Wednesday, May 20, 2020

Ranchers accuse federal government of burning $9 million in property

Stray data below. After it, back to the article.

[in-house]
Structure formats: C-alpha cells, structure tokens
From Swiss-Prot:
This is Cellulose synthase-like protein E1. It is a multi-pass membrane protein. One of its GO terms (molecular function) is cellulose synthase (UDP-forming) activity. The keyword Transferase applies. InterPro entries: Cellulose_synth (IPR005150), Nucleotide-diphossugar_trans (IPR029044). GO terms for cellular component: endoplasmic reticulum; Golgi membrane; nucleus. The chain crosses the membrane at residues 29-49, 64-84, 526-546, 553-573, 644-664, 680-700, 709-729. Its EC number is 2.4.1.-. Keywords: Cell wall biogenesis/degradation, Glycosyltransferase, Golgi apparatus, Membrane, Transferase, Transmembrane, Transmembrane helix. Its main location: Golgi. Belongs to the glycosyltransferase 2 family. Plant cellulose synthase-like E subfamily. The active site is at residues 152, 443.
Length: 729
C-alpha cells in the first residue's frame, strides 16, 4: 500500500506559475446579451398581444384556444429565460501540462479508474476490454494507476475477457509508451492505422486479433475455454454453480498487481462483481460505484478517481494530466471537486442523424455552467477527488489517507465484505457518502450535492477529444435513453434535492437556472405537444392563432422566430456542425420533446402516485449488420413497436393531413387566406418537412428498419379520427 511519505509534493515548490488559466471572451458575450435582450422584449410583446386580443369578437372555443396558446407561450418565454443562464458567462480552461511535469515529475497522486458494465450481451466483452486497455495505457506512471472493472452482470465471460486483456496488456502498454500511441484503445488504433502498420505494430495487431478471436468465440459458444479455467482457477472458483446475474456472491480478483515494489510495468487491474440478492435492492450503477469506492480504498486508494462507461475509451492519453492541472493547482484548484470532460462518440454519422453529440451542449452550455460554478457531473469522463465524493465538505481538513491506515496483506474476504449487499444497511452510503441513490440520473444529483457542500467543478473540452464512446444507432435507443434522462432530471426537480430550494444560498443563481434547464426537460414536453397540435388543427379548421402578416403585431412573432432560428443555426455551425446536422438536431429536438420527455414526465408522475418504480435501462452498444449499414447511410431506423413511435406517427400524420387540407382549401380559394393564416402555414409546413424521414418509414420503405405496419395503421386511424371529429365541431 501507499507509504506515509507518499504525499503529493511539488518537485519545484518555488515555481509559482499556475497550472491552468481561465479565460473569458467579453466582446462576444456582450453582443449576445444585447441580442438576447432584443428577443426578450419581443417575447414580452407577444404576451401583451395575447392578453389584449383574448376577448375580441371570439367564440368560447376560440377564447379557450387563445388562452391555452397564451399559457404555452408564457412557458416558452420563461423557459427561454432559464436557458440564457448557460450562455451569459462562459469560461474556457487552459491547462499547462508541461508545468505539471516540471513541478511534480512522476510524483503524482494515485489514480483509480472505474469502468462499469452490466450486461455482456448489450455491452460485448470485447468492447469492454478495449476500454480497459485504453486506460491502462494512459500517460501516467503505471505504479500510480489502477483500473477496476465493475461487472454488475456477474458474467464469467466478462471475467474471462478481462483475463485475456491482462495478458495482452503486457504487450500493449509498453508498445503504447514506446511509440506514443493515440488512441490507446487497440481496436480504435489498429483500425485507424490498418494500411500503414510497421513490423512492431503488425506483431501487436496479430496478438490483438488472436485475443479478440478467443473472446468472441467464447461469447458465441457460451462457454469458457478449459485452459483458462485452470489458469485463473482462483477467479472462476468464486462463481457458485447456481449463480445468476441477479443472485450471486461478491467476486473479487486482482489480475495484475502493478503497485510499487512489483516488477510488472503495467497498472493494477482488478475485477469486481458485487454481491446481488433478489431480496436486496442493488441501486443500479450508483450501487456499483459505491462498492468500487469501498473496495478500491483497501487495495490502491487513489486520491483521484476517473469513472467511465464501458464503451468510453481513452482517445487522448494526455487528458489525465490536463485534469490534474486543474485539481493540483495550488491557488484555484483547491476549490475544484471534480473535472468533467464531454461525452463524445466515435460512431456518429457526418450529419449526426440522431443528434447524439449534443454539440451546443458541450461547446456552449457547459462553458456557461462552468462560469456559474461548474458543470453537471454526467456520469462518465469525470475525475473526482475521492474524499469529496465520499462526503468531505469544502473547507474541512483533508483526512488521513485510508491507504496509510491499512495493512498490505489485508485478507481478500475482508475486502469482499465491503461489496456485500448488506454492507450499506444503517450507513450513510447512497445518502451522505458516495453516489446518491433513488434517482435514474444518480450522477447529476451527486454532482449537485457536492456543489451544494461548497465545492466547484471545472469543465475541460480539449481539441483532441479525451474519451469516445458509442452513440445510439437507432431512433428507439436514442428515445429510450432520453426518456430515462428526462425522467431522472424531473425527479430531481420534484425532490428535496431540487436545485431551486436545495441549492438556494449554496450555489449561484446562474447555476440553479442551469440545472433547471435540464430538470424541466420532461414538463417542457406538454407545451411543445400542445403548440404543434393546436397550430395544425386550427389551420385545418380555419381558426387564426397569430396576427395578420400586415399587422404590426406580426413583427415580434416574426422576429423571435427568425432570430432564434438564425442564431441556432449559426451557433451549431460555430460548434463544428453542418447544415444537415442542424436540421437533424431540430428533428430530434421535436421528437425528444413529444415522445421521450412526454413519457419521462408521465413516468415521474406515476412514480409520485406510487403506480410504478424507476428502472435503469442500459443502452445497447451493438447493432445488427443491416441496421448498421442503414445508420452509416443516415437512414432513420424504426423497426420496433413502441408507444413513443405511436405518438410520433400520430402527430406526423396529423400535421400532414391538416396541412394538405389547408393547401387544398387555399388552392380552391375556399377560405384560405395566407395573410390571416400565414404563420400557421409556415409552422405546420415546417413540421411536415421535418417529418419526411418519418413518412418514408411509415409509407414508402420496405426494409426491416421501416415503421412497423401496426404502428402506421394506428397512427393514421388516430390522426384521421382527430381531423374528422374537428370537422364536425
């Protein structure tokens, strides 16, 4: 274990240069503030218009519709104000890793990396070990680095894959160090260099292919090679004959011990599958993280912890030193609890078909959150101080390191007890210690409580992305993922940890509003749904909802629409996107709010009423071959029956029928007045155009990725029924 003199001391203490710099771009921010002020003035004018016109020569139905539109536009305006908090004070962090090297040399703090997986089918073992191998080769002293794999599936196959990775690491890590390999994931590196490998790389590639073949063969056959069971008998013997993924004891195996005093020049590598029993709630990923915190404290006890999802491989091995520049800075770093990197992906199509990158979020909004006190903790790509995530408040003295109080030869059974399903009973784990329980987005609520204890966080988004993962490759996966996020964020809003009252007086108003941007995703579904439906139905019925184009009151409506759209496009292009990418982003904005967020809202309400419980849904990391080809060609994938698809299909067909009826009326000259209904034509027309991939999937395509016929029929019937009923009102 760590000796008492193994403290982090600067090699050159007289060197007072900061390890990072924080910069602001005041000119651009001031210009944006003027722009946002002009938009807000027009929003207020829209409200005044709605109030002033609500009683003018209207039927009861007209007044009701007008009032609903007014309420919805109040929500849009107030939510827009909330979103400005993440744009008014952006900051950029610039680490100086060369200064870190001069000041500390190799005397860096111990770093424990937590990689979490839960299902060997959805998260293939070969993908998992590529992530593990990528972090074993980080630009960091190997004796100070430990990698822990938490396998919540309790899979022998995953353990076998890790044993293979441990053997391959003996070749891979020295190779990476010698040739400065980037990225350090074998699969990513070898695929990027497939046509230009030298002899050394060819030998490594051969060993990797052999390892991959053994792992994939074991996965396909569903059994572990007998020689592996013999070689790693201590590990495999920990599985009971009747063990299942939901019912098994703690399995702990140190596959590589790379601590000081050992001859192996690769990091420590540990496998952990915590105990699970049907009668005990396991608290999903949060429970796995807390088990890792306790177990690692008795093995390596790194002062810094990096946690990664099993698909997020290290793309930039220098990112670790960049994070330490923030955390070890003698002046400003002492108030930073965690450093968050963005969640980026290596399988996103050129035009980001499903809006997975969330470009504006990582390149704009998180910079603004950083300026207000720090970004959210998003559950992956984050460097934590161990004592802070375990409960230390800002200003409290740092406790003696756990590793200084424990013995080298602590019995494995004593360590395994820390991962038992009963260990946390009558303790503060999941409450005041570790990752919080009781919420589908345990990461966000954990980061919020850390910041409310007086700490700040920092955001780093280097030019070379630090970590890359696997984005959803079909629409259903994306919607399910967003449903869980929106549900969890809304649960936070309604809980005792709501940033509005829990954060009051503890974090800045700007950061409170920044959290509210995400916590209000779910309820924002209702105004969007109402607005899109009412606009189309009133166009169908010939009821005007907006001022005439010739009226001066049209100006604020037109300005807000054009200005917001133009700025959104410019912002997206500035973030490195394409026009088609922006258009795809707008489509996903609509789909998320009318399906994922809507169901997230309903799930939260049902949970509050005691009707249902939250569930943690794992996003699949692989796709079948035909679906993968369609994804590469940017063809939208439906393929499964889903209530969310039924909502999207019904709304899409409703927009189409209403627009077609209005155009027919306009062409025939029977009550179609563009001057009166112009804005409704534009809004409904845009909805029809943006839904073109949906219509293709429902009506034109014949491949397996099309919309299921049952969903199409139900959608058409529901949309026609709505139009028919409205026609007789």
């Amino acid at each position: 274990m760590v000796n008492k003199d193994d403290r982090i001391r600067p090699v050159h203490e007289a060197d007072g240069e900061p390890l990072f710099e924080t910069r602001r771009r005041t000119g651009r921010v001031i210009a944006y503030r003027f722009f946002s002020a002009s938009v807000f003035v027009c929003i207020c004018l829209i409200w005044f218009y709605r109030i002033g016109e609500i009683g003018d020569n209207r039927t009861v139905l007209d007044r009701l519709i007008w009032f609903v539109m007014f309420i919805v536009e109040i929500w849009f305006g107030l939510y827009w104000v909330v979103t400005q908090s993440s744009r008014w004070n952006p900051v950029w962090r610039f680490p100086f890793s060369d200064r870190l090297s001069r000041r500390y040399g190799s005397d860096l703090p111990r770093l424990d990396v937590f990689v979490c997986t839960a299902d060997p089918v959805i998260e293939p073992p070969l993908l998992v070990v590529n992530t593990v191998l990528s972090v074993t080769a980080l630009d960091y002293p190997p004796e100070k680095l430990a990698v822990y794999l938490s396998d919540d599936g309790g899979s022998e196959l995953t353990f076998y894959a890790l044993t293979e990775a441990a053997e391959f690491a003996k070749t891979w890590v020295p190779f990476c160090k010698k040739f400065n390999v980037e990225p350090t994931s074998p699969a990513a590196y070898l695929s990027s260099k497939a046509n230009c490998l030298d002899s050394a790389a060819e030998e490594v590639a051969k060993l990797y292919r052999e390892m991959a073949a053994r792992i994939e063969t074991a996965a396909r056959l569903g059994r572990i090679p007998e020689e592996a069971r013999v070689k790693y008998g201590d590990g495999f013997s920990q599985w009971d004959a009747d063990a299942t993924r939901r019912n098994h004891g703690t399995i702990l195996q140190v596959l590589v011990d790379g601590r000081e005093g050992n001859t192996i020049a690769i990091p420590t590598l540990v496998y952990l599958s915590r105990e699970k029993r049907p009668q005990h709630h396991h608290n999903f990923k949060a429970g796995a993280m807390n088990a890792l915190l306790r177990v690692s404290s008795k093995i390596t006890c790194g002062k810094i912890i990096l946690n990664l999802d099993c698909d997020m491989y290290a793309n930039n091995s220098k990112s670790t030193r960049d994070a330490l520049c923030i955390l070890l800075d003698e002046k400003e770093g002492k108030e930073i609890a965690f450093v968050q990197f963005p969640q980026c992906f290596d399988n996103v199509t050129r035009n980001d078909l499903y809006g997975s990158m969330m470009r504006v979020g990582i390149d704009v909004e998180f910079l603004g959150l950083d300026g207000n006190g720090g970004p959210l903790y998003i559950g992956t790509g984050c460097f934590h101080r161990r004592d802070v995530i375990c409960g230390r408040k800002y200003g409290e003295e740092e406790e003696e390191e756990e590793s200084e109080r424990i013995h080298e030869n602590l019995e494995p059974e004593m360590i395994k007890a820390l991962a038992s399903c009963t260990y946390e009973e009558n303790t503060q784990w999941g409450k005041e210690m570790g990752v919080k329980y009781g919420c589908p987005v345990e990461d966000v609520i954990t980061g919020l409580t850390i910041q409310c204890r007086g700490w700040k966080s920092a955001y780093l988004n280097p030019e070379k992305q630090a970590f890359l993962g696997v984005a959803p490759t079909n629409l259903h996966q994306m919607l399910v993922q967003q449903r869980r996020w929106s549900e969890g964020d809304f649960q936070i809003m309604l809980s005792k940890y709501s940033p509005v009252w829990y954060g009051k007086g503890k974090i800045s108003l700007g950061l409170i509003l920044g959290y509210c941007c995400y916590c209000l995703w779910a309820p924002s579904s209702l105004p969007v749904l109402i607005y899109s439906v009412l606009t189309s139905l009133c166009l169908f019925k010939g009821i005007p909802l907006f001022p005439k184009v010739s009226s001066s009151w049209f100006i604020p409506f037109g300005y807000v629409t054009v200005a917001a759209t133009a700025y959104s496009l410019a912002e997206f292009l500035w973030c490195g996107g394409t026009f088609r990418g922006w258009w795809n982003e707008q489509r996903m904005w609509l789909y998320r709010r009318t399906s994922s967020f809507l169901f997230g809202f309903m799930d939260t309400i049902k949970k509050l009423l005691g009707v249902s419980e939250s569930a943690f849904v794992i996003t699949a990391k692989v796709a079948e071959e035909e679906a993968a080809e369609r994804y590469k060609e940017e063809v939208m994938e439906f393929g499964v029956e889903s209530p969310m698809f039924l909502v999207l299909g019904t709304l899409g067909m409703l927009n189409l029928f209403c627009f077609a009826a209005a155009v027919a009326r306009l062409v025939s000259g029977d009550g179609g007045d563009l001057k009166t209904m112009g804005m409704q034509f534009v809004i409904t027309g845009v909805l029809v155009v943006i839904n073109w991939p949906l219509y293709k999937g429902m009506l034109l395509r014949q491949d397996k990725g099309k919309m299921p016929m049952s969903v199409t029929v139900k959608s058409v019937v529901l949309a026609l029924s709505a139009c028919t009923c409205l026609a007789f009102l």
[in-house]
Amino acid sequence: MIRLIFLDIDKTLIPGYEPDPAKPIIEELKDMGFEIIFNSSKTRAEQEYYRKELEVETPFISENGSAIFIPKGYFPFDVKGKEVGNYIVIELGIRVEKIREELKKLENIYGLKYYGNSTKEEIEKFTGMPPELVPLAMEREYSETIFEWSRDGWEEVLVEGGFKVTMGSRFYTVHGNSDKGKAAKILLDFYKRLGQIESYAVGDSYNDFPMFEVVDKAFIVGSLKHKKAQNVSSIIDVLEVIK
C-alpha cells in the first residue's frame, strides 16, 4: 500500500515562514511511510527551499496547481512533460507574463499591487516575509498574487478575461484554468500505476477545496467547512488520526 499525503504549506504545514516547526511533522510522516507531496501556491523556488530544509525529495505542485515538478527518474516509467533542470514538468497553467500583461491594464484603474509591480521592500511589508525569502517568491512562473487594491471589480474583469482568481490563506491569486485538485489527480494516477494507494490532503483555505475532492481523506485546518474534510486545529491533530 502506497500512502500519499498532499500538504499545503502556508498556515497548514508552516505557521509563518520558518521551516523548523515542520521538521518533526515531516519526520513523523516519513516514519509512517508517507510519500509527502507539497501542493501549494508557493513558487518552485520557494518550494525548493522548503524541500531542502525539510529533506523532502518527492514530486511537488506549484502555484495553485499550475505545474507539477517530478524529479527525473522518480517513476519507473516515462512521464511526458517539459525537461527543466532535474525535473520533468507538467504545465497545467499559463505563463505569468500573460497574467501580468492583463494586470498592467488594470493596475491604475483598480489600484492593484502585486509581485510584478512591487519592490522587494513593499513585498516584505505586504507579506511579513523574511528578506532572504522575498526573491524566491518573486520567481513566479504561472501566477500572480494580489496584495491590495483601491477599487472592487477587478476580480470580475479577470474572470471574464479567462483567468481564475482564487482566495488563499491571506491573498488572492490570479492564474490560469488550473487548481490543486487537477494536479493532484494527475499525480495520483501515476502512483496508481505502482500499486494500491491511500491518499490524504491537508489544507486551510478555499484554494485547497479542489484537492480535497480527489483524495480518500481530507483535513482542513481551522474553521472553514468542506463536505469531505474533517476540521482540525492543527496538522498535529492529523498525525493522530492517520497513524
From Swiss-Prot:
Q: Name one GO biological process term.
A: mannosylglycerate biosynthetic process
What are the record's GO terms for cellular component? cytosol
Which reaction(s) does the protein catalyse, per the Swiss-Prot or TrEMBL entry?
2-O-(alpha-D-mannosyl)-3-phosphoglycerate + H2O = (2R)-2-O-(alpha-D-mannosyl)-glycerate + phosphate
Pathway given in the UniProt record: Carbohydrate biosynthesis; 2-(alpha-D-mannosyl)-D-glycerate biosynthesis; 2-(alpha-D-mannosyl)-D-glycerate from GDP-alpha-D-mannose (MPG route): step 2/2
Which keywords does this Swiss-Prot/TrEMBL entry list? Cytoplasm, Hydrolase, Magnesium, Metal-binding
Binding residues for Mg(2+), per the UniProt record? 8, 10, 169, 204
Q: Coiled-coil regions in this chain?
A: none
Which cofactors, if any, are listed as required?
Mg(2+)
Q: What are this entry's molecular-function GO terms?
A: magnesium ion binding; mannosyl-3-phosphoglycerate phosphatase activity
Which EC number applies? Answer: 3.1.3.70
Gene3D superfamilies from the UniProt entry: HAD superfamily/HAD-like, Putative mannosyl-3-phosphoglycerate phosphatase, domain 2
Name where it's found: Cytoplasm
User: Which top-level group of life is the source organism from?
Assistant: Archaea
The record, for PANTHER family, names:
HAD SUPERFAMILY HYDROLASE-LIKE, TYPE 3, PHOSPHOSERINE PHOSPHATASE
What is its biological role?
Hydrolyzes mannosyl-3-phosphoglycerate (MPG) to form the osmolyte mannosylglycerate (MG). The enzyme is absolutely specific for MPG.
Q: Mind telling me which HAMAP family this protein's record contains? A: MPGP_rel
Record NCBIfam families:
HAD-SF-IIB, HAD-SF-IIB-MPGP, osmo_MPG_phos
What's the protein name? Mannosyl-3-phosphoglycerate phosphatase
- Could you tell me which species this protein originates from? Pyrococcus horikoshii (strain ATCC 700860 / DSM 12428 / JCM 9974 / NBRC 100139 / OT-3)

Two ranches in Western Montana claim they’re owed nearly $9 million because the federal government burned their rangeland while trying to control a wildfire. McDonough Family Land and Ingersoll Ranch of Wolf Creek, Mont., have filed a lawsuit accusing the U.S. Forest Service of intentionally igniting their property for “burnout and backfiring operations” to steer the spread of the 2017 Alice Creek Fire. Such techniques allow firefighters to burn fuels to alter the wildfire’s path and reduce its intensity along containment lines. The wildfire was started by a lightning storm in late July 2017 and the Forest Service used these methods on the affected properties more than a month later, the complaint said. If not for the agency’s activities, “the ranches would have suffered no material or substantial damage as a result of the naturally ignited Alice Creek Fire,” according to the lawsuit. Though the backfire and burnout operations were intended to affect the direction and rate of the wildfire’s spread, the plaintiffs claim the Forest Service had “safe and effective alternatives” to suppress the fire. “Instead it chose to manage the Alice Creek Fire with land management goals primarily in mind rather than fire suppression,” the complaint alleges...MORE

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